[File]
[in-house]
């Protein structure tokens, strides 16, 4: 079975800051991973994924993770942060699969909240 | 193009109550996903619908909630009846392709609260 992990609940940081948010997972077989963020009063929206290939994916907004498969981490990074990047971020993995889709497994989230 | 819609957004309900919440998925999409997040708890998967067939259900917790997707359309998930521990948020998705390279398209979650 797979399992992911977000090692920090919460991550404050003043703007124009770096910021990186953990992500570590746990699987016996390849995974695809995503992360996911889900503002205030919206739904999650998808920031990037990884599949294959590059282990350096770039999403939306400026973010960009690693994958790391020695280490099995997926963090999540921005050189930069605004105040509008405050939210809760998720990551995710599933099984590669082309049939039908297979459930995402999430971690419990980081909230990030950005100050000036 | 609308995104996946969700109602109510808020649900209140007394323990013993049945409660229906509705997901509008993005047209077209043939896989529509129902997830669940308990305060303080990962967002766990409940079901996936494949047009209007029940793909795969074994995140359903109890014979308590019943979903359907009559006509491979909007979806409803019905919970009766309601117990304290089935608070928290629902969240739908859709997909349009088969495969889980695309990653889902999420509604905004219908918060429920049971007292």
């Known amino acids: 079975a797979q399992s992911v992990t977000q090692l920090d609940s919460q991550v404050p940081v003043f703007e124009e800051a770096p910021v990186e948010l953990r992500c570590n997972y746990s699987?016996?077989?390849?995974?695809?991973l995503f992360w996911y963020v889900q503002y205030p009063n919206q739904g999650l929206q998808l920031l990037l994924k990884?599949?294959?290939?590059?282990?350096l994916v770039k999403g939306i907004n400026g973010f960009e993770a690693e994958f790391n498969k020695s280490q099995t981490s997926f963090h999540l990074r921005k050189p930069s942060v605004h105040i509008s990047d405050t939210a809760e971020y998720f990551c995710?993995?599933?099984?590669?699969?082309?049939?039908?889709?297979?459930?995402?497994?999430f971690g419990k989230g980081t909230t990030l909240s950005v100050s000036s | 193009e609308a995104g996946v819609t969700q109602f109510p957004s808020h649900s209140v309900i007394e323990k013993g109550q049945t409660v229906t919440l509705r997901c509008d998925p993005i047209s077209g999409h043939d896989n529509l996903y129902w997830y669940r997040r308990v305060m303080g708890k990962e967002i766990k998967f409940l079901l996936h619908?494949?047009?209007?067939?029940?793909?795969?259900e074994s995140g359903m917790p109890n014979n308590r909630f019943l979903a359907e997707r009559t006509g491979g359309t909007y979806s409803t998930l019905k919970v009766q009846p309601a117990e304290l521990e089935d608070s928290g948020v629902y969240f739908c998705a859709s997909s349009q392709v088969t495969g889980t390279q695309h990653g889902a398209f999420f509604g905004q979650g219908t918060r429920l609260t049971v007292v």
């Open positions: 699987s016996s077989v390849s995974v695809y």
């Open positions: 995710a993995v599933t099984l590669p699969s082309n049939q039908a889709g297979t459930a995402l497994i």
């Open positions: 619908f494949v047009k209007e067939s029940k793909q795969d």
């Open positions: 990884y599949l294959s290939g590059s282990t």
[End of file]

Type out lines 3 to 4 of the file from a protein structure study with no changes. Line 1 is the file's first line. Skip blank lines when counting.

């Known amino acids: 079975a797979q399992s992911v992990t977000q090692l920090d609940s919460q991550v404050p940081v003043f703007e124009e800051a770096p910021v990186e948010l953990r992500c570590n997972y746990s699987?016996?077989?390849?995974?695809?991973l995503f992360w996911y963020v889900q503002y205030p009063n919206q739904g999650l929206q998808l920031l990037l994924k990884?599949?294959?290939?590059?282990?350096l994916v770039k999403g939306i907004n400026g973010f960009e993770a690693e994958f790391n498969k020695s280490q099995t981490s997926f963090h999540l990074r921005k050189p930069s942060v605004h105040i509008s990047d405050t939210a809760e971020y998720f990551c995710?993995?599933?099984?590669?699969?082309?049939?039908?889709?297979?459930?995402?497994?999430f971690g419990k989230g980081t909230t990030l909240s950005v100050s000036s | 193009e609308a995104g996946v819609t969700q109602f109510p957004s808020h649900s209140v309900i007394e323990k013993g109550q049945t409660v229906t919440l509705r997901c509008d998925p993005i047209s077209g999409h043939d896989n529509l996903y129902w997830y669940r997040r308990v305060m303080g708890k990962e967002i766990k998967f409940l079901l996936h619908?494949?047009?209007?067939?029940?793909?795969?259900e074994s995140g359903m917790p109890n014979n308590r909630f019943l979903a359907e997707r009559t006509g491979g359309t909007y979806s409803t998930l019905k919970v009766q009846p309601a117990e304290l521990e089935d608070s928290g948020v629902y969240f739908c998705a859709s997909s349009q392709v088969t495969g889980t390279q695309h990653g889902a398209f999420f509604g905004q979650g219908t918060r429920l609260t049971v007292v």
């Open positions: 699987s016996s077989v390849s995974v695809y």